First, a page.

Waiting For The Miracle: When An Employer Rejected You

Published on:

Professional rejection by an employer can often feel deeply personal. Ditch the feeling and do your own thing.

In an unforgiving job market, rejection can often feel deeply personal. What did I do wrong? Have I chosen the wrong education, worked in the wrong places, wasted my time and life? The truth is, it is often not one’s own fault (though it usually feels as if it is). Structural reforms and upheavals imposed by the tech revolution, the stringently automated criteria decreed by an employer or human resources departments and the online mantra of providing content for free that would have been highly compensated a generation ago, all contribute to the growing gulf between a person’s abilities and their apparent market value. In addition, skill sets have to be continually updated to conform with the latest technical requirements. Entire professions and lifetimes of training can appear to have been a complete waste. But don’t believe this.

If You Can’t Beat ‘Em…

Next time you receive an automated email stating its “deep regret” that you don’t match the criteria for the position you applied to, consider the following:

  1. Many organizations pluck applicants from internal ranks on the basis of favor, irrespective of their own abilities or suitability for the post.
  2. Assuming the job application was correctly targeted in terms of skills and expertise, rejections based on a lack of these are ingenuous at best: any job requires initial on-the-job training, and companies expecting pre-baked perfection to save on overhead are actually depriving themselves of an immense pool of talent, and
  3. Human Resource departments often no longer check applicants’ skill sets to evaluate the potential for learning and growth, preferring instead to check off criteria stipulated by increasingly arbitrary and automated search procedures.

In other words, if you match four out of five criteria, your application will most likely be binned, because “it didn’t compute”.

… Do Your Own Thing

What, then, to do?

#1 Be Realistic.

Both in terms of what you apply for, but also in terms of your evaluation of why you were rejected. Where you can improve your efforts, do so. But also be aware of factors, such as the aforementioned, more or less beyond your control. Know what is, and what is not, your own fault.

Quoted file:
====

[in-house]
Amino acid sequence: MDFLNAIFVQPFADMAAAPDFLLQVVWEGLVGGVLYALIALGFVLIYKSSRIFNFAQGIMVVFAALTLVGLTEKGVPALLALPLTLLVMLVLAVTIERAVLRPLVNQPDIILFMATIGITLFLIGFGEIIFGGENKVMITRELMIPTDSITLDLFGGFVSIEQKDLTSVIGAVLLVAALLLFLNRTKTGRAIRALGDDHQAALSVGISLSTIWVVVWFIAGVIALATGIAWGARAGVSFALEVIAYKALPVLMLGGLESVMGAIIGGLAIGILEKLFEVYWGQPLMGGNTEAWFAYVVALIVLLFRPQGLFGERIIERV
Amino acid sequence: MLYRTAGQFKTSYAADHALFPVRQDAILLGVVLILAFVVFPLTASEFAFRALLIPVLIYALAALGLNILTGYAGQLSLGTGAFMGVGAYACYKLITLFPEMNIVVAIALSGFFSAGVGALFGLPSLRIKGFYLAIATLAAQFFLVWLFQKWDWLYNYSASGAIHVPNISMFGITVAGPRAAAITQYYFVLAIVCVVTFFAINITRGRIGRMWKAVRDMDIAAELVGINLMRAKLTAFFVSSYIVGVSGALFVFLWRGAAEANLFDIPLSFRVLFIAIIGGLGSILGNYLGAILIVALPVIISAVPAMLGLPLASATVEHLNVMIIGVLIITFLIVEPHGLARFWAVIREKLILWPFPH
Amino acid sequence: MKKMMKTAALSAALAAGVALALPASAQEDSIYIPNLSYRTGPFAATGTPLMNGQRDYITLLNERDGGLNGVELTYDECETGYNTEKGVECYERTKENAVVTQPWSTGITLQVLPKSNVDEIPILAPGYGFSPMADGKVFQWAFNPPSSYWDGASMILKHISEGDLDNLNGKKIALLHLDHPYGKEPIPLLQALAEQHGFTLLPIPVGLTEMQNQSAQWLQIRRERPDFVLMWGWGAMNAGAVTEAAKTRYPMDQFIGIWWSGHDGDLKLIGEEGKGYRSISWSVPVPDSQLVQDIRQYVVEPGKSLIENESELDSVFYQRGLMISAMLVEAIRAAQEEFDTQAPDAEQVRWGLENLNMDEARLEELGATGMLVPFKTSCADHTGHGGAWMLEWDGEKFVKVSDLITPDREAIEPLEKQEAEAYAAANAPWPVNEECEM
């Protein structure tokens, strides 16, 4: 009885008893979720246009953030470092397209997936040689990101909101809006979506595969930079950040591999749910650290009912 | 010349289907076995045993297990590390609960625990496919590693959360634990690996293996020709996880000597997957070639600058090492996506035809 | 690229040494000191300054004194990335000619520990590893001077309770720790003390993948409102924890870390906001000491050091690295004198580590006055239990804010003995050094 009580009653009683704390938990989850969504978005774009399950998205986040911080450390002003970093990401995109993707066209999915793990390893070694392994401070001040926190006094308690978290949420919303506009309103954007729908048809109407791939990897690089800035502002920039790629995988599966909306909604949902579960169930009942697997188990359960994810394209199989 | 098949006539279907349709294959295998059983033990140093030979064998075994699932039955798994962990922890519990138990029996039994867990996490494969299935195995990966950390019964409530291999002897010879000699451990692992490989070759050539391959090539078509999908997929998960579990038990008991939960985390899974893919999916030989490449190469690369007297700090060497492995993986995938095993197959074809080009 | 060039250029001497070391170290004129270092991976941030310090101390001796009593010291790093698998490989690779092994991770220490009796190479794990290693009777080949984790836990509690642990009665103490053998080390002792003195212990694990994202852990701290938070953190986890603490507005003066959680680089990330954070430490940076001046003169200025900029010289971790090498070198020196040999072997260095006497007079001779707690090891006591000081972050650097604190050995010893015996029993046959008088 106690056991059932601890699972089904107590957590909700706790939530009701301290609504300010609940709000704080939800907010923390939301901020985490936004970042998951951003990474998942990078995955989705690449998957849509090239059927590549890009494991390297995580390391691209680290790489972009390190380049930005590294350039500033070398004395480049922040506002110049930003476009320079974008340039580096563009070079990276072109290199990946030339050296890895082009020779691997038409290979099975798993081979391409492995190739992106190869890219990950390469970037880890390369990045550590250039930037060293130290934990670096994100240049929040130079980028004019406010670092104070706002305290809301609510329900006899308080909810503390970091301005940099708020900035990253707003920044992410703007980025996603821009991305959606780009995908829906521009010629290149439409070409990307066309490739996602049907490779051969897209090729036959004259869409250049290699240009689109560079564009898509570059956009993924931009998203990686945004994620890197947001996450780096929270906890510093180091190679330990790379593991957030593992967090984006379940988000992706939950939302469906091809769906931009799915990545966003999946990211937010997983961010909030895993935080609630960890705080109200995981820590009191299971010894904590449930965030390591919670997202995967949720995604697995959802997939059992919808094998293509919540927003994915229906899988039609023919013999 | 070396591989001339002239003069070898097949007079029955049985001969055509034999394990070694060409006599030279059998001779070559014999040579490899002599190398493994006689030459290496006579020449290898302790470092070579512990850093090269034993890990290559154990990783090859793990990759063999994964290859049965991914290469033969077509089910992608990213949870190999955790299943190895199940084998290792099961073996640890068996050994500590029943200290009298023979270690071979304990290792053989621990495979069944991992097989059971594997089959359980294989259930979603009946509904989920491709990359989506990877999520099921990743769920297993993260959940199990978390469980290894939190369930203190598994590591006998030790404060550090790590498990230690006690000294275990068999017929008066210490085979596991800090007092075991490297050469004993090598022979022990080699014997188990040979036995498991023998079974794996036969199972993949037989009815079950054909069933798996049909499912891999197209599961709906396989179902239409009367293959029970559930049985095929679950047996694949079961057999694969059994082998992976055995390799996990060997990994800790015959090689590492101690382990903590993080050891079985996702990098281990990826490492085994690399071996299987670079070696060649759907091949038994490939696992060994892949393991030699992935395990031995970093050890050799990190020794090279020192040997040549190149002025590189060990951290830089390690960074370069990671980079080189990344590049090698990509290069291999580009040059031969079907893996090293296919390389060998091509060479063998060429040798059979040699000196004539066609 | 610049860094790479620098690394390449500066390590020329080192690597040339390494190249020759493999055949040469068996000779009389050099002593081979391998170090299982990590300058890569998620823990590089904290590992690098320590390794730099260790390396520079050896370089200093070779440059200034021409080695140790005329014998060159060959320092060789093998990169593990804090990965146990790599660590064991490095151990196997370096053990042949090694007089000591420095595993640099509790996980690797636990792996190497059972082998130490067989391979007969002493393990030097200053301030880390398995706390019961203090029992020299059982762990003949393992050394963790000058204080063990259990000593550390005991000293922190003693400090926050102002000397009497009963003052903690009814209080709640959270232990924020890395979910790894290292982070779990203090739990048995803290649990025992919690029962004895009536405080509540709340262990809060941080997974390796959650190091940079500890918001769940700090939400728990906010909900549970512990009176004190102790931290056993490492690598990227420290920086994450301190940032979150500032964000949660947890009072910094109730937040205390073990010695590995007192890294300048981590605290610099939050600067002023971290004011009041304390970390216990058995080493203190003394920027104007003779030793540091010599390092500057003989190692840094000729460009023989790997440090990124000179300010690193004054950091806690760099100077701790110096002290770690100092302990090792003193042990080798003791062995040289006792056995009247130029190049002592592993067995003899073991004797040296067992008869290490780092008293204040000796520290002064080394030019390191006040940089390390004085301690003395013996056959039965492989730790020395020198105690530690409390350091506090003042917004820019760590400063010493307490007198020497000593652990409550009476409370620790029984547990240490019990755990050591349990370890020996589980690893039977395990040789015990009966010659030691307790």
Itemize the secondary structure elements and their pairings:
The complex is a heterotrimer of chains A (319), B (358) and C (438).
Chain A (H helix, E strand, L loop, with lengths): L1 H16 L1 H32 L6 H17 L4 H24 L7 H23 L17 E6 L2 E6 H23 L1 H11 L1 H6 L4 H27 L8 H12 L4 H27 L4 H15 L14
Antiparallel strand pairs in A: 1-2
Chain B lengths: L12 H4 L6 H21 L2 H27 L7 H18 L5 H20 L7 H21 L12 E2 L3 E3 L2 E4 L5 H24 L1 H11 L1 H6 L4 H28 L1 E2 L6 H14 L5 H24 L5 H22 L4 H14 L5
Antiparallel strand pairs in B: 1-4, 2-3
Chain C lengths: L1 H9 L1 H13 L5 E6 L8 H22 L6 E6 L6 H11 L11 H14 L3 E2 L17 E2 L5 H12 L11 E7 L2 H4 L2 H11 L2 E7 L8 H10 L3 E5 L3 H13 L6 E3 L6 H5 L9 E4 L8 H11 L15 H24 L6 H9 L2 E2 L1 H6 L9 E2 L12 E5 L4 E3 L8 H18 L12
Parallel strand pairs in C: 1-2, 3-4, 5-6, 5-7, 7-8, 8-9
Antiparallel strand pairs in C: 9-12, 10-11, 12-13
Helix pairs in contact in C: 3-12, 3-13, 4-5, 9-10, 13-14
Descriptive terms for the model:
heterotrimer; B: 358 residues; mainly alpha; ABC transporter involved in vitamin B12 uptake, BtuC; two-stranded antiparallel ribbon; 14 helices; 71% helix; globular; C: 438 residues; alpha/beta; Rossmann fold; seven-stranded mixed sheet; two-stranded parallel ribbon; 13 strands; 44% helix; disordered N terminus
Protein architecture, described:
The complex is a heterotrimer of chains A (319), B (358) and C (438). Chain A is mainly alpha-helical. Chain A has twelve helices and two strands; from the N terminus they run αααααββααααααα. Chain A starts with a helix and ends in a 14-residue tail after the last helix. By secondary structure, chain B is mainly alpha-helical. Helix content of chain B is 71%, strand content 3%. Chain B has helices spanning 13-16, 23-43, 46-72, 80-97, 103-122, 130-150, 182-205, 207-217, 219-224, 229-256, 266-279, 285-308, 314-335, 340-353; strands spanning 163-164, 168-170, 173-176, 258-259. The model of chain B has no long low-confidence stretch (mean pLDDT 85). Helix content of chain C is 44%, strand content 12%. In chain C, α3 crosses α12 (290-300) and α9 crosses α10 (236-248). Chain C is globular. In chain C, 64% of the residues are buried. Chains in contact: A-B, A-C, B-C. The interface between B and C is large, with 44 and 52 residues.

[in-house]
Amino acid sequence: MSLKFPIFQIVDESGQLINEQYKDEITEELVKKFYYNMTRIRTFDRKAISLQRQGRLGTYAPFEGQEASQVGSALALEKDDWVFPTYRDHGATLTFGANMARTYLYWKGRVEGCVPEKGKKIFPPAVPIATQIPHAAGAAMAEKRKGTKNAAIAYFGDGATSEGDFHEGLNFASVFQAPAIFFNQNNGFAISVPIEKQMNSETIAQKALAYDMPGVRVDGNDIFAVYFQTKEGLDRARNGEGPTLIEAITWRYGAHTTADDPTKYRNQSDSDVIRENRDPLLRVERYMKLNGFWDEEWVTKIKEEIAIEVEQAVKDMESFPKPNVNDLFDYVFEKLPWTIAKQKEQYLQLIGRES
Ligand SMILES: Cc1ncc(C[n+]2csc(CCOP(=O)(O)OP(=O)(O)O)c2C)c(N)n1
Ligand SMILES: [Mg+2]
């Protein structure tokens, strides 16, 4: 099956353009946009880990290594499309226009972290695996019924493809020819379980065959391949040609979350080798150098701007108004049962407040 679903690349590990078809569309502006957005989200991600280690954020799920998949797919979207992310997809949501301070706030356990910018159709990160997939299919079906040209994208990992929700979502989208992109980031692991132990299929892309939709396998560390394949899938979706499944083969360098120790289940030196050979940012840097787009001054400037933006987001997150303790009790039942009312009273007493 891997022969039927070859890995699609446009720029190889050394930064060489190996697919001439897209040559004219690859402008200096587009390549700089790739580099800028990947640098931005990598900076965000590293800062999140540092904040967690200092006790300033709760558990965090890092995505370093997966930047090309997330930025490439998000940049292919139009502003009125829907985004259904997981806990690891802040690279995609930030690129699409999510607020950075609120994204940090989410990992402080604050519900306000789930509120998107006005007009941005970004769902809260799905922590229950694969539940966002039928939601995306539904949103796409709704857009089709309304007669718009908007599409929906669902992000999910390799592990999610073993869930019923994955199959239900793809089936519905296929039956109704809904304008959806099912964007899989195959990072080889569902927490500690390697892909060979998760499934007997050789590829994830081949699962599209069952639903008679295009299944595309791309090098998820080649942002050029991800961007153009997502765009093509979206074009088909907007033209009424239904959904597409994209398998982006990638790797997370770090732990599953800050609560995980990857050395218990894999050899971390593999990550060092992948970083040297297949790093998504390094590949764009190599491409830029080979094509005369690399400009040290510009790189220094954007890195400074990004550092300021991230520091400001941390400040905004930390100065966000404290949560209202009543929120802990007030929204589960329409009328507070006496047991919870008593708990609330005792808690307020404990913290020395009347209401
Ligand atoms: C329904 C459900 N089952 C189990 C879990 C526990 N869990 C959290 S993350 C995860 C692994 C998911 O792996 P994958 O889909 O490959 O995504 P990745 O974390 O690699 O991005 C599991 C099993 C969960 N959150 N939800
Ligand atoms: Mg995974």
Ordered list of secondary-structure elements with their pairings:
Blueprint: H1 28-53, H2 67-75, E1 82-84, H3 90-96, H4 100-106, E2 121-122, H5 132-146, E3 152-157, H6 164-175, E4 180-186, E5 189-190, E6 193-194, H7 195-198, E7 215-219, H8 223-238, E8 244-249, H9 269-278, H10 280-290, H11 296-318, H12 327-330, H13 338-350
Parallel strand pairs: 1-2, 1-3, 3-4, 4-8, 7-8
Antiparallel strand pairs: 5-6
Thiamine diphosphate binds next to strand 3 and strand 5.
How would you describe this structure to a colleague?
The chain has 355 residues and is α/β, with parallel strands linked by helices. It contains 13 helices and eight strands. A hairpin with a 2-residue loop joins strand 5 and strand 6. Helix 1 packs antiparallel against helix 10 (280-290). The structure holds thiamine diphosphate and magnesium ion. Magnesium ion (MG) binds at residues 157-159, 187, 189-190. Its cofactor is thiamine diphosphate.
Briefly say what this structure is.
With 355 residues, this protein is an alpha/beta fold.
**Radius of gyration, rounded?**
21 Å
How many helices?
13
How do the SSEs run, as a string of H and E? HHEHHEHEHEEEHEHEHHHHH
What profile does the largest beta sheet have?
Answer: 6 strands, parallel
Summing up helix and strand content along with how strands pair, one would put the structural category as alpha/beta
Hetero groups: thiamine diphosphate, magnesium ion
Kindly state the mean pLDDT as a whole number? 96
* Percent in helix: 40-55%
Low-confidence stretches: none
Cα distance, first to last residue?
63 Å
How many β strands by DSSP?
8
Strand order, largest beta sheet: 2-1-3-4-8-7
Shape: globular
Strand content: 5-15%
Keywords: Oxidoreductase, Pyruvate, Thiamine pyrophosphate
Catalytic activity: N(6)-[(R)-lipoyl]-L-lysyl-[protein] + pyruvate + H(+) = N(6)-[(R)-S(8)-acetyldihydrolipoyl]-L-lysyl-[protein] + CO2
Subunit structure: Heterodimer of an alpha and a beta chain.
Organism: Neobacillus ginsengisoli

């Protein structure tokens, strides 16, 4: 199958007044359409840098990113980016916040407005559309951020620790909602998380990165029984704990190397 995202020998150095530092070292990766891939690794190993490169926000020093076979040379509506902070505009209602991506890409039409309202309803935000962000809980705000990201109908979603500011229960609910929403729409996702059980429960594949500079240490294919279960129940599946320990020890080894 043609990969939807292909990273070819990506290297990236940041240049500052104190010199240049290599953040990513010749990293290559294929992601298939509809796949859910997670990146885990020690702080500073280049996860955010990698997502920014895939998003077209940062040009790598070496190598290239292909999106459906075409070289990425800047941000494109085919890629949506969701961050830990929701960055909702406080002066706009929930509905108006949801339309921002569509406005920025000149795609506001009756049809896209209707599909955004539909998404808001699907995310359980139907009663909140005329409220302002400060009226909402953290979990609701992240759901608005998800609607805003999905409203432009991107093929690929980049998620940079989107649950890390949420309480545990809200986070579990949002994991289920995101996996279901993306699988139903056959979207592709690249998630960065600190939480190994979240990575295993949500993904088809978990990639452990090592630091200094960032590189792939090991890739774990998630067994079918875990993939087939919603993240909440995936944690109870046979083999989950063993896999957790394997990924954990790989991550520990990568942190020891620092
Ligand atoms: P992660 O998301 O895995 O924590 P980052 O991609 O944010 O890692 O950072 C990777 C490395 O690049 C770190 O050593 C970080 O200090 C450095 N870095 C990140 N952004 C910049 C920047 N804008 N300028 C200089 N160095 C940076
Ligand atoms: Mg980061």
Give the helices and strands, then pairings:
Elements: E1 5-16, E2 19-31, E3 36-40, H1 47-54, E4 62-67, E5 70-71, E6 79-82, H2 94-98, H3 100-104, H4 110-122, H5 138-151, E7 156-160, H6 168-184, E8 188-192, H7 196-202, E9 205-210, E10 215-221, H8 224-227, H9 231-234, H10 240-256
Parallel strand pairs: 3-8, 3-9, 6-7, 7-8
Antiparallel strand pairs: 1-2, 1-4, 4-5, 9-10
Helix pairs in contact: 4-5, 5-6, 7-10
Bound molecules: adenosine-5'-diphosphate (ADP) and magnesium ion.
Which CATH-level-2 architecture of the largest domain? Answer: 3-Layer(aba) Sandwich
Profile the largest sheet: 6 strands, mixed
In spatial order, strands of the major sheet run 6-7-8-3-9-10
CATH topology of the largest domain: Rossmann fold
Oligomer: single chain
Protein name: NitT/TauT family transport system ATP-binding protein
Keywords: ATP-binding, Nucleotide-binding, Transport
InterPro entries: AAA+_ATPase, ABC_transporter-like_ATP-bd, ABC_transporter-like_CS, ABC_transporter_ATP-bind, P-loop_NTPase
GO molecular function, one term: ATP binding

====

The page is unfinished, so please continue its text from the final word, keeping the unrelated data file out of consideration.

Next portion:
#2 Reinvent Yourself.

As a matter of necessity, do improve and update your skills. But also reinvigorate your profile by taking confident pride in what you’ve already achieved, suggesting how the accompanying skill set actually enhances a position, even if it’s not an exact match.

#3 Create Your Own Work While You Search.

Not only is keeping busy the best way to avoid the rejection doldrums, but you can learn how to market a unique skill set by consulting, freelancing and generally being entrepreneurial until the right person at the right time sits up and takes notice.

If you feel like the system is rigged to try to force you to give up, do the opposite. Go around it, do your own thing, and beat it at its own game. Once you are perceived to have market value (and start earning well on it), the very companies that rejected you with an airy wave of the hand are more likely to start knocking on your door.

Help Is On The Way

Finally, take a look at the Rejected Us website, where individuals post their success stories following rejection by the powers that be. You are not alone. It says nothing about you that you got rejected. It says everything about you that you won’t give up until you have it your way. And while you’re at it, head over to  StartUs and take a look at the jobs other irrepressible and enterprising individuals are creating, Europe-wide.

As Twisted Sister so memorably put it, “We’re Not Gonna Take It”. Not then, and not now.



Sharing is caring so please share this post. Thank you!

Photo credit: Guilherme Nicholas via VisualHunt.com / CC BY